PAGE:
Montana Supreme Court takes up coal tax dispute as state seeks $3.4 million from Cloud Peak

Government And Institutions Associated Press

Montana tax authorities were expected to argue Tuesday before the state Supreme Court that a Wyoming mining company owes $3.4 million for selling coal to affiliated companies at less-than-market prices.

Continue Reading Below

State officials say Cloud Peak Energy company undervalued the coal it sold to two affiliates between 2005 and 2007 and paid too little in taxes as a result.

Selling coal through affiliates is a common industry practice that's come under scrutiny as state and federal regulators investigate whether companies are underpaying royalties on coal sold in the U.S. and abroad.

At issue in the Montana case is whether coal should be valued for tax purposes at the time the fuel is mined and shipped or when a sale is negotiated.

Cloud Peak has argued that coal sales to an affiliate should be valued by comparing them to other sales made at the time the agreement with the affiliate was reached.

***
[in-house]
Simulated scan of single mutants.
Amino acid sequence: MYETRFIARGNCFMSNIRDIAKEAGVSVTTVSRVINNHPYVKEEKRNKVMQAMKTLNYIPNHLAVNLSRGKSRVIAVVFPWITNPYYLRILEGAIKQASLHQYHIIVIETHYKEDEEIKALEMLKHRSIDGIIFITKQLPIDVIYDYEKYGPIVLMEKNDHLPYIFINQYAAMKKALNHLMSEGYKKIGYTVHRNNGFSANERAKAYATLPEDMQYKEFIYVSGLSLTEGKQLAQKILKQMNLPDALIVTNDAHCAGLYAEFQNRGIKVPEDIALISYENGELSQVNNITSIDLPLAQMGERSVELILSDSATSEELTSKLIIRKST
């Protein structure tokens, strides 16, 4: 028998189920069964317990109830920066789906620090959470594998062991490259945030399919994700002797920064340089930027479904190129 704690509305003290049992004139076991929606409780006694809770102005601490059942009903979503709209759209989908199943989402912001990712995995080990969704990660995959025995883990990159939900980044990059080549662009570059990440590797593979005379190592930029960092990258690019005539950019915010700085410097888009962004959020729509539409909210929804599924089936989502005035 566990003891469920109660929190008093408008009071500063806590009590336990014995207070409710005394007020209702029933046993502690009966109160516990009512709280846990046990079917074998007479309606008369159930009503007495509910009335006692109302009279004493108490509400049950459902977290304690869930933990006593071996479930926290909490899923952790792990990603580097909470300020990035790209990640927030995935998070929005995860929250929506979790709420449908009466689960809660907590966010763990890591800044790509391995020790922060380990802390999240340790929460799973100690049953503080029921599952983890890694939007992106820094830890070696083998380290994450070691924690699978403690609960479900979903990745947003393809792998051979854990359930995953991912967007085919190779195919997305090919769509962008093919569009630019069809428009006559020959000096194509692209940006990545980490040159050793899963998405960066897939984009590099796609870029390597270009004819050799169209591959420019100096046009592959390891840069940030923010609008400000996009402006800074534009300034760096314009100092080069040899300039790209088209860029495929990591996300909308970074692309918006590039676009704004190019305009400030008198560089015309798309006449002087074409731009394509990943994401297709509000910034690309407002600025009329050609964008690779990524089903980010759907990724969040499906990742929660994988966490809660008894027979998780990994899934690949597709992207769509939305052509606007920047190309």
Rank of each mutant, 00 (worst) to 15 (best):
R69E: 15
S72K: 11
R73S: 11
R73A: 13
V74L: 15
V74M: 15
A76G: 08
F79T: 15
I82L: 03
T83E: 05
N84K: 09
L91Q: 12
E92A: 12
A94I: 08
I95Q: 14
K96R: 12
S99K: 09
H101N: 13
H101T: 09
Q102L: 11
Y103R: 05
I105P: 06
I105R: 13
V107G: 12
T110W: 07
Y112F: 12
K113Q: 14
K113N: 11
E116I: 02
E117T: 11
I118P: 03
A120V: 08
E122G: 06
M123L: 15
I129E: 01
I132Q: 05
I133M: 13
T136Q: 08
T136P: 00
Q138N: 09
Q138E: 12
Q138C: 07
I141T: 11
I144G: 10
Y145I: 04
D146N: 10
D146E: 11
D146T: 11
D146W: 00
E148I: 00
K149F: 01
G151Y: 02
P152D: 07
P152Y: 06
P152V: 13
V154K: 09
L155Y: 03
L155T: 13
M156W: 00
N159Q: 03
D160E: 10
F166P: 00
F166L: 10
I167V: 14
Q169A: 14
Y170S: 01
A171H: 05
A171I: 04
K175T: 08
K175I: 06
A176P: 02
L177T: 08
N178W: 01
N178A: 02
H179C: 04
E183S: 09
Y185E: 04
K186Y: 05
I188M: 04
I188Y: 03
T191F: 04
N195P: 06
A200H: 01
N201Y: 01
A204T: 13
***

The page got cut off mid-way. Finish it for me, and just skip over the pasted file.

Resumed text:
State Judge Jeffrey Sherlock last year ruled in favor of Cloud Peak, and the state appealed to the Supreme Court. Sherlock said "the date of the contract is the better metric of market value — it is the 'actual sale date' more than the date when the coal is loaded onto a train."

Continue Reading Below

Attorneys for the state Department of Revenue say coal values should be compared to sales to non-related companies at the time the coal is mined.

Cloud Peak's case involves coal sales that predate the recent spike in exports. But a decision in the state's favor could have broad implications for how such sales are taxed.

"It very well could impact all those other sales as well," Department of Revenue Deputy Director Gene Walborn said. "We're in the process of reviewing those contracts with other producers."

Montana officials said taxes, interest and penalties were owed on sales from Cloud Peak's Spring Creek strip mine near Decker, a 260-worker operation that dug up more than 12 million tons of coal last year. State officials wanted the company to pay an additional $1.9 million in taxes, $1.2 million in interest and $232,000 in penalties for the three years.

Montana received $55 million in taxes and royalties from the company in 2013, Cloud Peak spokesman Rick Curtsinger said. That exceeded Cloud Peak's 2013 net income of $51.9 million, he said.